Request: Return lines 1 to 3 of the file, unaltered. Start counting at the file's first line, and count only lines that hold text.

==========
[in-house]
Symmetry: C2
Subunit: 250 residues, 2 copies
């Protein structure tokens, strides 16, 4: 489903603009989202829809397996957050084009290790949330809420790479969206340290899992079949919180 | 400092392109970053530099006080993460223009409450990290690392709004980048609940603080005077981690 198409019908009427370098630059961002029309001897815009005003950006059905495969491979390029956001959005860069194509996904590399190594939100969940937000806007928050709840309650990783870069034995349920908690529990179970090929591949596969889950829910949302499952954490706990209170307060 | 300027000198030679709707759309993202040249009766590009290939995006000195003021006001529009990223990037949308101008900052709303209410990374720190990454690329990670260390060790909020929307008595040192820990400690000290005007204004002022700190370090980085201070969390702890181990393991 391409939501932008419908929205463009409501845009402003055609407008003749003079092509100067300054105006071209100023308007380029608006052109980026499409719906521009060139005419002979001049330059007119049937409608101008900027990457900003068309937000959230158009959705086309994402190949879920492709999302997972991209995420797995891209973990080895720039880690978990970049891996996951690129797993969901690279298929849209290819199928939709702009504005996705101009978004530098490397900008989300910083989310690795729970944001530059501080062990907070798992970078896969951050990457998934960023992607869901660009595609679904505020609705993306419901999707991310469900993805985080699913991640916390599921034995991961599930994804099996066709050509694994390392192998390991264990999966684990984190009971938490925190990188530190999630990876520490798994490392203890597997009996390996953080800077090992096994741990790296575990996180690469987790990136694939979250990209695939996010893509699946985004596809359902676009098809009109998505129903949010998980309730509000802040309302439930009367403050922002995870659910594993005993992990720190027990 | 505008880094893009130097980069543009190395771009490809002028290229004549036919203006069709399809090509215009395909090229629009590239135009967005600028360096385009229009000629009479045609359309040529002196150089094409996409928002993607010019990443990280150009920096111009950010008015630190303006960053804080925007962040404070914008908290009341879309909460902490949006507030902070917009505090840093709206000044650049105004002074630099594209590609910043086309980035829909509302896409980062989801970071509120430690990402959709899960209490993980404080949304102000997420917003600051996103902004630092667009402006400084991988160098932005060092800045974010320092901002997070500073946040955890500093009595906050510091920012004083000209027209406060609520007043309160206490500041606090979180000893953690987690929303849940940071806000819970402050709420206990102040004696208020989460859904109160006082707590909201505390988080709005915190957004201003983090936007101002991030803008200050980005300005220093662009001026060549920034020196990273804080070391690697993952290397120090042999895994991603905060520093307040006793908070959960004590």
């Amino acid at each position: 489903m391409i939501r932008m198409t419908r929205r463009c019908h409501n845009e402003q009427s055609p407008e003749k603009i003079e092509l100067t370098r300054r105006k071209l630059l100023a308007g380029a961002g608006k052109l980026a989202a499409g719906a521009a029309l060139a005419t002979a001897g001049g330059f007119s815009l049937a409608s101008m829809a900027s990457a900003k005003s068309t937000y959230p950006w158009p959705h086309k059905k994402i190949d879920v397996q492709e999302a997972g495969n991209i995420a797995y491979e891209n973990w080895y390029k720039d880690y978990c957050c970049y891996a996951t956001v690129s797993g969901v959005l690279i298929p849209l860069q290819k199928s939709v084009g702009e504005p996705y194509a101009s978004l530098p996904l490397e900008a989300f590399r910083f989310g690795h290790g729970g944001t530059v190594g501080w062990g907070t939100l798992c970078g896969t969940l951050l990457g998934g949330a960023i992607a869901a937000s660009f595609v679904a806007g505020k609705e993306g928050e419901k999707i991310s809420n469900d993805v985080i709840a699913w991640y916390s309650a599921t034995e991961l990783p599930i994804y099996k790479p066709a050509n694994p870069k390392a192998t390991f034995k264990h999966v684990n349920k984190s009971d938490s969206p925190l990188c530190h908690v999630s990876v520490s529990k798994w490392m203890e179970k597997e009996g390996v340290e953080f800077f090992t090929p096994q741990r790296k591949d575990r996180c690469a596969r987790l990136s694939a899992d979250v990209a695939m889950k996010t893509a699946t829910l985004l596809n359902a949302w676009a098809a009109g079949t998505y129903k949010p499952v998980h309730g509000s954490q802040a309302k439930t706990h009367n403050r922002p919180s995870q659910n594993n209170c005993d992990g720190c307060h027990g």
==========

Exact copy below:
[in-house]
Symmetry: C2
Subunit: 250 residues, 2 copies